For a person to be a visionary – to be able to predict future events and trends – he or she must first be a student of history, or perhaps even someone who has lived through and helped to shape events of the past and the present.
The latter can be said of Ron Smith, long-time Auburn University Extension entomologist. Ron and others like him are invaluable sources of information, walking encyclopedias (or should I say walking Googles?) of agricultural knowledge.
So when someone like Smith starts making forecasts about the future, you can be sure it’s more than mere speculation – it’s something for which you prepare, because you know it’s coming.
In a presentation he’s making this winter entitled, “Hurdles of the Past and Challenges in the Future of Cotton Insect Management and Control,” Smith speaks first-hand of the past 30 years of cotton insect control, the “worst of times and the best of times,” as he puts it. He also calls it the most exciting and revolutionary period in cotton insect control history, and he’s had a front-row seat to the entire spectacle.
The worst times, as he explains it, were from 1987 to 1995, with uncontrollable beet armyworm outbreaks and the development of pyrethroid resistance to the tobacco budworm. The best of time was made possible by the eradication of the boll weevil and the introduction of genetically altered cotton varieties.
And then, there was the “best of the best,” of times, which he says were experienced by many growers in 2011 and 2012, with two of the highest-yielding years in history, the best market prices in Smith’s storied career, and the lowest insect losses in history. Both Alabama and the U.S. Cotton Belt as a whole reported total losses to insects in 2011 as 2 to 3 percent, the lowest ever recorded.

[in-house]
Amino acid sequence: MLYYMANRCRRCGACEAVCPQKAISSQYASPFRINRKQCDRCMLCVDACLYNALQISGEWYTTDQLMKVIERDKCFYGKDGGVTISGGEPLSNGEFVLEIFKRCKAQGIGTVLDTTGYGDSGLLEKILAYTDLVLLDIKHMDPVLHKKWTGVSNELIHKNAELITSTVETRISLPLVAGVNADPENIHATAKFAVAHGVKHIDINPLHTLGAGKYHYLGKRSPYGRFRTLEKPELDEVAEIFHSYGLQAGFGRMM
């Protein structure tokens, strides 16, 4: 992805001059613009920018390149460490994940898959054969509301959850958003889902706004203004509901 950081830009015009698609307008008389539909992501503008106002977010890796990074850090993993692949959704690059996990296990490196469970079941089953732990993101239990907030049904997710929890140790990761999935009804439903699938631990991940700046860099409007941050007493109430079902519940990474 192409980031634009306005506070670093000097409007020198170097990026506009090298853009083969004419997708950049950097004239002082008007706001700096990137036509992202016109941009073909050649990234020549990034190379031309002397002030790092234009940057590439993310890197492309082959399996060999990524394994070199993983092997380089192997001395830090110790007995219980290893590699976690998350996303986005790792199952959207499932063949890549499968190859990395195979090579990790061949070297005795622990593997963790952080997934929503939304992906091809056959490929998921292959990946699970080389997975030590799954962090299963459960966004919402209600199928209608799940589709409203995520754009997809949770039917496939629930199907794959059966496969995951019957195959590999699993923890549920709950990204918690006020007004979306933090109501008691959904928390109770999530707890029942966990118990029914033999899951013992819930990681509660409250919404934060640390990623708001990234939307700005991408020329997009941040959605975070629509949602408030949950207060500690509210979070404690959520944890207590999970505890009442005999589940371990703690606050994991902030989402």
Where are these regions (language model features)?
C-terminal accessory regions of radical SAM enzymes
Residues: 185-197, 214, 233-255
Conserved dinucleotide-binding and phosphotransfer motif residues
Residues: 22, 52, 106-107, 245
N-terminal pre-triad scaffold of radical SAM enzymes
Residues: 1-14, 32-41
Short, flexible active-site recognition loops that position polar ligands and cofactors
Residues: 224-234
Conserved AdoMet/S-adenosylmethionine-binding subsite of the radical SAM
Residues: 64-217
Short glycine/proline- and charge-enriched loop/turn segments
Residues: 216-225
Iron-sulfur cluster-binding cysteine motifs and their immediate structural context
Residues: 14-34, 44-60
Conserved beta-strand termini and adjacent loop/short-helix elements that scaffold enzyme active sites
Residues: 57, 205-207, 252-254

So with this as a backdrop, Smith looks ahead and discusses the four insect pests he believes will be major players in cotton insect management for the next five to 10 years. They include stink bugs, early season thrips, spider mites and whiteflies – both the banded wing and silverleaf species.
While he predicts that stink bugs will remain the No. 1 most economically damaging insect on cotton in the Southeast, he says the potential damage from this pest can vary greatly from year to year, as most experienced producers have witnessed. The most likely influencers of stink bugs appear to be both winter temperatures and spring/summer drought and high temperatures.
Second on Smith’s list are thrips, a pest that can be impacted by numerous factors, including weather, planting date, tillage system, plant vigor, the length of the growing season, and the use of foliar sprays as a supplement to seed/in-furrow treatments at planting.
Coming in at third on the list of pests to watch are spider mites. From about 1970 to the mid-2000s mites were a minor problem in cotton, says Smith, but for most of the last decade, mites have returned as an economic pest, even to now to being an early season seedling cotton event.
At No. 4 are the banded wing and silverleaf species of whiteflies. The incidence of silverleaf whiteflies is increasing and spreading, says Smith, with infestations originally being reported in the Tifton, Ga., and Mobile, Ala., areas.
There will always be sporadic or occasional pests, he says, but most can be controlled effectively if discovered in time.
“I do not see a time in the future where an experienced professional person will not be needed to monitor and advise growers in insect management. Stink bugs, and the other three pests discussed, would dictate the need for field monitoring in the future just as the boll weevil did from about 1908 up to 1994 when they were eradicated, and, the tobacco budworm did from about 1960 to 1996 when Bt cotton was introduced.”